Boundary-Layer Meteorology

, Volume 169, Issue 3, pp 429–460 | Cite as

Velocity Spectra and Coherence Estimates in the Marine Atmospheric Boundary Layer

  • Etienne CheynetEmail author
  • Jasna B. Jakobsen
  • Joachim Reuder
Research Article


Two years of continuous sonic anemometer measurements conducted in 2007 and 2008 at the FINO1 platform are used to investigate the characteristics of the single- and two-point velocity spectra in relation to the atmospheric stability in the marine atmospheric boundary layer. The goals are to reveal the limits of current turbulence models for the estimation of wind loads on offshore structures, and to propose a refined description of turbulence at altitudes where Monin–Obukhov similarity theory may be limited. Using local similarity theory, a composite spectrum model, combining a pointed and a blunt model, is proposed to describe the turbulence spectrum for unstable, neutral and stable conditions. Such a model captures the \(-1\) power law followed by the velocity spectra at an intermediate frequency range in the marine atmospheric boundary layer. For the Monin–Obukhov similarity parameter \(\zeta < 0.3\), the Davenport coherence model captures the vertical coherence of the horizontal velocity components well. A two-parameter exponential decay function is found more appropriate for modelling the coherence of the vertical velocity component. Under increasingly stable conditions, the size of the eddies in the vertical coordinate reduces, such that smaller separation distances than that covered in the present dataset may be required to study the coherence with sufficient accuracy.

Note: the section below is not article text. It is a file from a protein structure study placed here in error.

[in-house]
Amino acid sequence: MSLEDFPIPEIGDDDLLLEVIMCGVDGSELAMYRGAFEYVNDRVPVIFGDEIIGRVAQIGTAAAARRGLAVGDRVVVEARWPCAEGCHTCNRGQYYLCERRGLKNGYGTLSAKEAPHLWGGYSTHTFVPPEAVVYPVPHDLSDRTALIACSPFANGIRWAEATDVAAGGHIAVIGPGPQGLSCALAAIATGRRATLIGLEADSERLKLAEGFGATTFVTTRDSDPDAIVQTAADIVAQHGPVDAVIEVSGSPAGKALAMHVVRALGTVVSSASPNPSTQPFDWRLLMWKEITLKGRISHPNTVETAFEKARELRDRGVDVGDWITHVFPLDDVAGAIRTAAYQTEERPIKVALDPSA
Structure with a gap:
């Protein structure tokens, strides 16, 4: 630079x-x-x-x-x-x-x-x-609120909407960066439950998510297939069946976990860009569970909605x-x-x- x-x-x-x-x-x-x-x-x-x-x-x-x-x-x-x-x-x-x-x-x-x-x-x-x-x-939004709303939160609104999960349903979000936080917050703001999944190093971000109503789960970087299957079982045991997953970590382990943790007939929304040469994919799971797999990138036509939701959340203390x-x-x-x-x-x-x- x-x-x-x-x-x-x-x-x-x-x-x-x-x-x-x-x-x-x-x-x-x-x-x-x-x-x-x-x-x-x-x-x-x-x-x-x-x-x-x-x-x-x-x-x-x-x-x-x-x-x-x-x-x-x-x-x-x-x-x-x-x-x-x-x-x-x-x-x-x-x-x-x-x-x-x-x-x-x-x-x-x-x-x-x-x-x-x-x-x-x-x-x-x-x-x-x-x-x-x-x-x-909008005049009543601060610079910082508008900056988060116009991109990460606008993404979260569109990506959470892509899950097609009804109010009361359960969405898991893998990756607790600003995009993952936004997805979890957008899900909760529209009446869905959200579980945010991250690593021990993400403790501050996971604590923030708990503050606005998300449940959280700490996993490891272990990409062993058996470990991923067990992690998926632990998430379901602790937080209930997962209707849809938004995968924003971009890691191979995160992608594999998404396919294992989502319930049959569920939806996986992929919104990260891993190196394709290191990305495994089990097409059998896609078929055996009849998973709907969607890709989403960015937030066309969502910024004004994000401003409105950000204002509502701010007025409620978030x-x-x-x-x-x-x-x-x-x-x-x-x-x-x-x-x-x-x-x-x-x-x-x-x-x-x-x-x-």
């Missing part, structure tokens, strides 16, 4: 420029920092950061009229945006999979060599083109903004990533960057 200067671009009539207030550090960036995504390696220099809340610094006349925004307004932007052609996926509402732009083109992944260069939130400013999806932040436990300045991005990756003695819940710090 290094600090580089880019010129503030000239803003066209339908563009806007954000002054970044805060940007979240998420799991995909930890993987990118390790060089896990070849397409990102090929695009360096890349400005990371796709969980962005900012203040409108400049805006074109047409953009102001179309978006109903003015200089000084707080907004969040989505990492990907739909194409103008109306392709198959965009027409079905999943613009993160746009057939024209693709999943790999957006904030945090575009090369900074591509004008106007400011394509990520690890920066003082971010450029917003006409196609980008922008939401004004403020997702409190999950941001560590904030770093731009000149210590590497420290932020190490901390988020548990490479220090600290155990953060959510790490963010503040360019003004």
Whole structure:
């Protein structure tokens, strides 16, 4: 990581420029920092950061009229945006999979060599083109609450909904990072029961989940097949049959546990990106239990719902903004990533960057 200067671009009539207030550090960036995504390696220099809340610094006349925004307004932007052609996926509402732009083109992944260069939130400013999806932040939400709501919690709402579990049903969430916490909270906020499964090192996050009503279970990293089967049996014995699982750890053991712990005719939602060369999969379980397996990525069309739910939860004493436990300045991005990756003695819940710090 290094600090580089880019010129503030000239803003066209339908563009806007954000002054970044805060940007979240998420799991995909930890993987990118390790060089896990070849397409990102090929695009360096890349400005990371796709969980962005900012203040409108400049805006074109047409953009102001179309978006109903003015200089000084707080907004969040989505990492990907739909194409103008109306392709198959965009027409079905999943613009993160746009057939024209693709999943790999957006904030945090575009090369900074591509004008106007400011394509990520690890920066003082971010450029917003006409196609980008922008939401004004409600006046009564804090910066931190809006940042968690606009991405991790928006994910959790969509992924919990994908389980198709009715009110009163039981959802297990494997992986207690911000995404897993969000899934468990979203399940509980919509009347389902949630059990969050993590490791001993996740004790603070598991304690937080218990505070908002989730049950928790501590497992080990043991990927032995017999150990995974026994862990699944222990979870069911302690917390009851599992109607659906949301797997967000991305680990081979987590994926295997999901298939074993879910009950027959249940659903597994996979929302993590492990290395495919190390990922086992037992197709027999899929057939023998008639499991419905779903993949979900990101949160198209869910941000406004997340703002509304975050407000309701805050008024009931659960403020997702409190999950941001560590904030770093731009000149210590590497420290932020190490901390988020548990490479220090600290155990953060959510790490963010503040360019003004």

Atmospheric stability Coherence Marine atmospheric boundary layer Turbulence Velocity spectrum 



The FINO1 platform is one of three offshore platforms of the FINO Project funded by the German Federal Ministry for Economic Affairs and Energy (BMWi). The present work was developed as a research collaboration within the Norwegian Centre for Offshore Wind Energy (NORCOWE, Project number: 193821 supported by the Research Council Norway). Finally, we thank UL DEWI (Wilhelmshaven, Germany) for providing the sonic anemometer data.


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Authors and Affiliations

  1. 1.Department of Mechanical and Structural Engineering and Materials ScienceUniversity of StavangerStavangerNorway
  2. 2.Geophysical InstituteUniversity of Bergen, and Bjerknes Centre for Climate ReserachBergenNorway

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